Thousands of weapons in some of the world’s most conflict-scarred states are being hammered, filed and welded into symbols of hope. From Maputo to Mexico City, artists are transforming decommissioned arms into an arsenal of art to highlight the futility of war and promote psychological healing.
Non-Violence, or the Knotted Gun, by Carl Fredrik Reuterswärd. The bronze replica of a 45-calibre revolver, a gift from Luxembourg to the United Nations, was sculpted in memory of the Swedish artist’s longtime friend John Lennon. Though not created from recycled munitions, the sculpture has been cited as one of the inspirations behind the arms-to-art movement. Photograph: UN
John Pilger’s ‘The War You Don’t See’ (2011) is a powerful and timely investigation into the media’s role in war, tracing the history of ’embedded’ and independent reporting from the carnage of World War One to the destruction of Hiroshima, and from the invasion of Vietnam to the current war in Afghanistan and disaster in Iraq. As weapons and propaganda become even more sophisticated, the nature of war is developing into an ‘electronic battlefield’ in which journalists play a key role, and civilians are the victims. But who is the real enemy?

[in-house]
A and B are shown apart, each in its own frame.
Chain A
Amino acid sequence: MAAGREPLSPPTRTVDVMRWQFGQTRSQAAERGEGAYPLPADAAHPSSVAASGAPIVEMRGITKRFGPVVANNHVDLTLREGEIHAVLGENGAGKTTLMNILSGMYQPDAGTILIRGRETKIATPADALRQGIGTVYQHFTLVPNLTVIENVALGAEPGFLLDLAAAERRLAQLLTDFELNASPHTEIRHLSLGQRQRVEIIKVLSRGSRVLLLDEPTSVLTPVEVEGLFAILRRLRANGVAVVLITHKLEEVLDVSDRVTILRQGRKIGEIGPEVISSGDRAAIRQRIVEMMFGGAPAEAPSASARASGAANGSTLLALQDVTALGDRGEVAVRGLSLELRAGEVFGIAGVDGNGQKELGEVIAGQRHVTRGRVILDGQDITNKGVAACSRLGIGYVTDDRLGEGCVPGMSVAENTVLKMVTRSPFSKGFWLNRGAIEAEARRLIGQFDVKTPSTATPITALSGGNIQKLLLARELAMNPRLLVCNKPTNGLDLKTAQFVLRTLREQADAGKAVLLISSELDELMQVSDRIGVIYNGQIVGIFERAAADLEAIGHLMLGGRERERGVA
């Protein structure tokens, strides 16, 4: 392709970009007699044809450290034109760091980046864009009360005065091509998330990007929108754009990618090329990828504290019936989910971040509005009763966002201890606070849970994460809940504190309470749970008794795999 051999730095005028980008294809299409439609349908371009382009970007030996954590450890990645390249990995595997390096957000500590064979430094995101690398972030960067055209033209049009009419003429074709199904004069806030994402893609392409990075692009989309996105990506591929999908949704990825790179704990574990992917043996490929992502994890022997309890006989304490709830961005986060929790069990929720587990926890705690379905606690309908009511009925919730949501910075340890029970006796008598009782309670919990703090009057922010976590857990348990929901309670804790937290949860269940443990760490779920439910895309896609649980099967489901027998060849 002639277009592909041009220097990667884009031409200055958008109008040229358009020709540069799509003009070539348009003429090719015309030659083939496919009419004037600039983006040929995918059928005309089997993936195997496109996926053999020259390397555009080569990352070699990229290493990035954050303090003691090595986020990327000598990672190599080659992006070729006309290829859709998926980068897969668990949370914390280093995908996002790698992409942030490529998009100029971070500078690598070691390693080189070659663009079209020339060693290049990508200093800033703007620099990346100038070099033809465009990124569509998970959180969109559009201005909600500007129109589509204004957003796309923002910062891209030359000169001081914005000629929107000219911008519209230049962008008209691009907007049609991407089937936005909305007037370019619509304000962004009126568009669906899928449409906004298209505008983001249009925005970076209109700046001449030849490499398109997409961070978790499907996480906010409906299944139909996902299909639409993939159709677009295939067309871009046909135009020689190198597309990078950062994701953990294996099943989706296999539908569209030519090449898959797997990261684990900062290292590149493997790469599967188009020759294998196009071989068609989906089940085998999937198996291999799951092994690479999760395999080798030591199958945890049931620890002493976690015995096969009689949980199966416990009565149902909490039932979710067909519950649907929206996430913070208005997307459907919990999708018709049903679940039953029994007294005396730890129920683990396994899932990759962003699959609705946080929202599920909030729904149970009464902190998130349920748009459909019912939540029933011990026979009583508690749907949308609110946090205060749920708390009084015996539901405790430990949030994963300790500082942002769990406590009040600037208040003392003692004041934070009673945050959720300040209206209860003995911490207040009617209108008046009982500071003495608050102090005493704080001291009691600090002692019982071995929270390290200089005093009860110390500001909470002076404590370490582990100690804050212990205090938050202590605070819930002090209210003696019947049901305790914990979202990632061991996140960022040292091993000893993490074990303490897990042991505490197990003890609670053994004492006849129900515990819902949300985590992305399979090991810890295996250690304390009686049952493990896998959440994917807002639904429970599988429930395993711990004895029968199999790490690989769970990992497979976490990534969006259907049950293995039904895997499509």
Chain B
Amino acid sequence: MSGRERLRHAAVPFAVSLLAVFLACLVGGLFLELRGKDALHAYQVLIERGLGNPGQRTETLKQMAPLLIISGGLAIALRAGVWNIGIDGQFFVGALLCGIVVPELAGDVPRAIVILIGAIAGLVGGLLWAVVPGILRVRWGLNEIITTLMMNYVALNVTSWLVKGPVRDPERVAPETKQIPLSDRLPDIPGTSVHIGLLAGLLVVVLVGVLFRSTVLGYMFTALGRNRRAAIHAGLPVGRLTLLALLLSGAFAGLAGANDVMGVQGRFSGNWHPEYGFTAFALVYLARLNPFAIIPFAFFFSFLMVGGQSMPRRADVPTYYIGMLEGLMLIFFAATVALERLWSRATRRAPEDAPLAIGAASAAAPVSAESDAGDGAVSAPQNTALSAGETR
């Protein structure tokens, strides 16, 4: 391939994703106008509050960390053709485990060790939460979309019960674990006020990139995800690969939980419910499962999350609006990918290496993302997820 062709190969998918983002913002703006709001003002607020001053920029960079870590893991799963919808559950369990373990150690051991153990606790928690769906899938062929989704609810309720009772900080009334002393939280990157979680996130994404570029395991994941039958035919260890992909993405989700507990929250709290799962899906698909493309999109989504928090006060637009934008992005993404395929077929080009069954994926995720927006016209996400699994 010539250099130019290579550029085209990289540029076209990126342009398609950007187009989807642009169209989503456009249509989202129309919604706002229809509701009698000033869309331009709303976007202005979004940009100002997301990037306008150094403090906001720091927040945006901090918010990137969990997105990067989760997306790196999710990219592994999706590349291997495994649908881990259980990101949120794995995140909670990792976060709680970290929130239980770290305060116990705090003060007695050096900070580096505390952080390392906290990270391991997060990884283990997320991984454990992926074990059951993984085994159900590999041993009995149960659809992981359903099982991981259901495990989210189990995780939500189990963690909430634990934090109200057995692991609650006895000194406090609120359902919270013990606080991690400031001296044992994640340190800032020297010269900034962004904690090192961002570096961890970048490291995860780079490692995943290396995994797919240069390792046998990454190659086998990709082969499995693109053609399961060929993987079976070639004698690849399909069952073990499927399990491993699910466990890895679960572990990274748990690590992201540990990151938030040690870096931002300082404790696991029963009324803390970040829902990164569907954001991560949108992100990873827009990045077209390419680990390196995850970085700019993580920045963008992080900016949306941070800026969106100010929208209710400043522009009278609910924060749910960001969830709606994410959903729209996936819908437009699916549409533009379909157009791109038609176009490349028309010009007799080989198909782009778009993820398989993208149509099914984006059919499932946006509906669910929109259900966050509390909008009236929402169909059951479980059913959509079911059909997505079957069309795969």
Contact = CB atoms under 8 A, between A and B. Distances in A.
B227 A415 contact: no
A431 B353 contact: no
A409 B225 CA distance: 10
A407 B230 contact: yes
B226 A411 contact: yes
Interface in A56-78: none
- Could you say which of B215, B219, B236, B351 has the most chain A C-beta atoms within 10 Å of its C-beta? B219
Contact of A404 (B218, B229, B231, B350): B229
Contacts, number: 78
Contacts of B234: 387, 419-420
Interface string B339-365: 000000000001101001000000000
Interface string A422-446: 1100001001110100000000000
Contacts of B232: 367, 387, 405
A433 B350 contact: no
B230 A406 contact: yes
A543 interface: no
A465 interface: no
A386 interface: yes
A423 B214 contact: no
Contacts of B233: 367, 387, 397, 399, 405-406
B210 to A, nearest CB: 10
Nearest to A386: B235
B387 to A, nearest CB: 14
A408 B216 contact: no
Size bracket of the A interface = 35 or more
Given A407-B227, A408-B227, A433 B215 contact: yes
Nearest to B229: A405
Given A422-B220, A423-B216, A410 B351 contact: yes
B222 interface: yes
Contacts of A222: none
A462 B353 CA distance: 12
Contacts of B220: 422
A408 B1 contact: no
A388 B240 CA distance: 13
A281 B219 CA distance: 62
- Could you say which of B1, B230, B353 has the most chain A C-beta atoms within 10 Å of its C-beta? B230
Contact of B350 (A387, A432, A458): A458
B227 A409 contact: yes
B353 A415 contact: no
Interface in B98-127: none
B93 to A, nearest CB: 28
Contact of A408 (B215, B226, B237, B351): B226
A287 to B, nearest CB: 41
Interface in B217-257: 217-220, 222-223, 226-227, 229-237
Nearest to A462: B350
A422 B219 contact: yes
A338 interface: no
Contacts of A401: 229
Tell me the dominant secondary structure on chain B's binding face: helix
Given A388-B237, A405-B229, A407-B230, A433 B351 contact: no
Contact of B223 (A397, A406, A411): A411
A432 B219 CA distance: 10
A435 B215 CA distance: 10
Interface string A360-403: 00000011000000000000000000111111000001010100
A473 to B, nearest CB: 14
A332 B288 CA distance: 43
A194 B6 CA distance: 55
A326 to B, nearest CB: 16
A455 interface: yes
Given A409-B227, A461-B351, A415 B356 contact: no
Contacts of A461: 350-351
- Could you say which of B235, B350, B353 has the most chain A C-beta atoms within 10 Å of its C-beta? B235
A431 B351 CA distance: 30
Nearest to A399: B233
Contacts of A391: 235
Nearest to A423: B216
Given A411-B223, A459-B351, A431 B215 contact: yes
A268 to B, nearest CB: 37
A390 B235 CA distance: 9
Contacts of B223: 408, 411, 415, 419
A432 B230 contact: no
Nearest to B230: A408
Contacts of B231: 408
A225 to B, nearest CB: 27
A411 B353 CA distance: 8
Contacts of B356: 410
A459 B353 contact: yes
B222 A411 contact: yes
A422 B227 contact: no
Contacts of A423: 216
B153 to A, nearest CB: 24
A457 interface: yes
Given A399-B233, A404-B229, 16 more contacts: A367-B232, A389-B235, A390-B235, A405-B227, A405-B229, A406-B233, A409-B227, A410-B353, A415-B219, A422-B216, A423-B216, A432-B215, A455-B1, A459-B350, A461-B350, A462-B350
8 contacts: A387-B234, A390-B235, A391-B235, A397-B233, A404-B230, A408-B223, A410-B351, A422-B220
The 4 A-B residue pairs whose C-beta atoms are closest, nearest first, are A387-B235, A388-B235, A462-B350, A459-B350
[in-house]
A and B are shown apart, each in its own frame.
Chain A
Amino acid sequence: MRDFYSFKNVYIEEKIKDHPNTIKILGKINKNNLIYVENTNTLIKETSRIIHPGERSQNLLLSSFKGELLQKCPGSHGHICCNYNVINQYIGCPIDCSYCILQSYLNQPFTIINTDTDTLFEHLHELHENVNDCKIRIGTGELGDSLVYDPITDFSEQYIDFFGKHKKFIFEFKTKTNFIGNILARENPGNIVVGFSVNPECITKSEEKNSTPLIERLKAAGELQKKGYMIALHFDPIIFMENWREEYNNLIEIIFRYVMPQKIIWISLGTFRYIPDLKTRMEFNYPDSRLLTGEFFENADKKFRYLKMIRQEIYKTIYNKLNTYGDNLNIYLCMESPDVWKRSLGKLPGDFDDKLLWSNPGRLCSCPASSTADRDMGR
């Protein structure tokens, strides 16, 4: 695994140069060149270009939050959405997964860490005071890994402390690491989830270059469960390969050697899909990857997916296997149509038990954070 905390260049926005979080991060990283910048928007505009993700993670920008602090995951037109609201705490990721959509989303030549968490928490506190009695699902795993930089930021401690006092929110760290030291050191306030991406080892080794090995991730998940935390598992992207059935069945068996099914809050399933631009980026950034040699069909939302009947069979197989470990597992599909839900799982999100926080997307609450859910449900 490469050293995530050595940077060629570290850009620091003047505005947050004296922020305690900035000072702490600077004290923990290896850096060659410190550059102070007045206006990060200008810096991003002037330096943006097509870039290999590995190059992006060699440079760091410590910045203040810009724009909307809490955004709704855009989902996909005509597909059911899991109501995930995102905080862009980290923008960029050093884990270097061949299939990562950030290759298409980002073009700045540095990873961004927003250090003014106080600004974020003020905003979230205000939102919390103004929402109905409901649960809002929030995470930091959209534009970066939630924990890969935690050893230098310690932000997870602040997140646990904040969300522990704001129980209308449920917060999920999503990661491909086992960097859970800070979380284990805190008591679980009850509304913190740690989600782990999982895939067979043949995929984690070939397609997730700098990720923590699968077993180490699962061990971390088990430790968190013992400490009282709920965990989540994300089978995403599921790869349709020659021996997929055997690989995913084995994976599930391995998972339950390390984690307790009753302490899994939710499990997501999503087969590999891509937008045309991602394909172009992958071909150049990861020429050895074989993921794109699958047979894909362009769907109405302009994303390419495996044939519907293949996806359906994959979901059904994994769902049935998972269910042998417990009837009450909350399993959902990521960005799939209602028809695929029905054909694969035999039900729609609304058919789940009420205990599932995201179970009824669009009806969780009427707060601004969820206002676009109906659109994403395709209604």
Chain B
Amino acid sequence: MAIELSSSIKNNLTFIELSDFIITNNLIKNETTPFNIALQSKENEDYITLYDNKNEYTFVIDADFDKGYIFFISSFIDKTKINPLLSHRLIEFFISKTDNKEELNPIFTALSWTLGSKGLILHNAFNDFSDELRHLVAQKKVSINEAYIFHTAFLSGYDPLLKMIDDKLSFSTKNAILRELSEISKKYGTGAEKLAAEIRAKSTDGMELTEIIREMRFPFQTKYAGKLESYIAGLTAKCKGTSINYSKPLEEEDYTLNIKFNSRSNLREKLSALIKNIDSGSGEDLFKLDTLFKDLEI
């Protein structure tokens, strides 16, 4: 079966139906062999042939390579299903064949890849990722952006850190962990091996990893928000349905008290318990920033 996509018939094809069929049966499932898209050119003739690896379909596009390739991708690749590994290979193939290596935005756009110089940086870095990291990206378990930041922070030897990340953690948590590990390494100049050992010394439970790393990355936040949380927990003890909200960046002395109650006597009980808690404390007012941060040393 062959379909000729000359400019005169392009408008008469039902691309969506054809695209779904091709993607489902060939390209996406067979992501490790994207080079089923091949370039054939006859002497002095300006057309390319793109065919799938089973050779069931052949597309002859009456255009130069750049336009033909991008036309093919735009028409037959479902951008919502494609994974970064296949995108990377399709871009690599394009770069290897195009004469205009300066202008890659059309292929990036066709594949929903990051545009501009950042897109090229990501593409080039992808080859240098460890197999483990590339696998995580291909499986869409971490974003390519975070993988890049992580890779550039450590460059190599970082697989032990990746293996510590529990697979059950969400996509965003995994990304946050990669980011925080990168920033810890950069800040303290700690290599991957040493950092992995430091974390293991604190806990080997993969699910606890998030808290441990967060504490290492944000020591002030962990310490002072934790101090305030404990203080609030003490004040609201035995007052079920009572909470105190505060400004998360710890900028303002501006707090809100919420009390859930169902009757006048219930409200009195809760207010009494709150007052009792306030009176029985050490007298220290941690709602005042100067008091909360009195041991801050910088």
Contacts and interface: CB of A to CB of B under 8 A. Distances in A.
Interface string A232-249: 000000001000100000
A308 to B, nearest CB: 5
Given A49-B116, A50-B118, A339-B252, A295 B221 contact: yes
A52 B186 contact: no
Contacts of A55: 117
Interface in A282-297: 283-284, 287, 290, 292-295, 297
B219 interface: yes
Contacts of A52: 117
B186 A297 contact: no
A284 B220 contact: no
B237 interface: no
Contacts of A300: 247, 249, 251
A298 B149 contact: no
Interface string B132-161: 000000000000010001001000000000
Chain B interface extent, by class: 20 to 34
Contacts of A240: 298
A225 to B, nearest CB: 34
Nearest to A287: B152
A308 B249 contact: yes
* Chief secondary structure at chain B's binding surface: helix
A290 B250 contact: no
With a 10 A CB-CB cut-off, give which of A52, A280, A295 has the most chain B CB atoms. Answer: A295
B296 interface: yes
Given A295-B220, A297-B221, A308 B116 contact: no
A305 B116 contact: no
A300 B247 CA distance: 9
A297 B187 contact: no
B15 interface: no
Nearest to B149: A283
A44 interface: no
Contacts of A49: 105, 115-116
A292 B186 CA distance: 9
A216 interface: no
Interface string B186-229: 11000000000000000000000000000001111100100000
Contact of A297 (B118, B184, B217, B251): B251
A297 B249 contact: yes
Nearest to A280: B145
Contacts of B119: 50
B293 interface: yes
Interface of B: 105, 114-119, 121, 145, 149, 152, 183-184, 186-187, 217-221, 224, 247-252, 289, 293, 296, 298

John Pilger says in the film: “We journalists… have to be brave enough to defy those who seek our collusion in selling their latest bloody adventure in someone else’s country… That means always challenging the official story, however patriotic that story may appear, however seductive and insidious it is. For propaganda relies on us in the media to aim its deceptions not at a far away country but at you at home… In this age of endless imperial war, the lives of countless men, women and children depend on the truth or their blood is on us… Those whose job it is to keep the record straight ought to be the voice of people, not power.”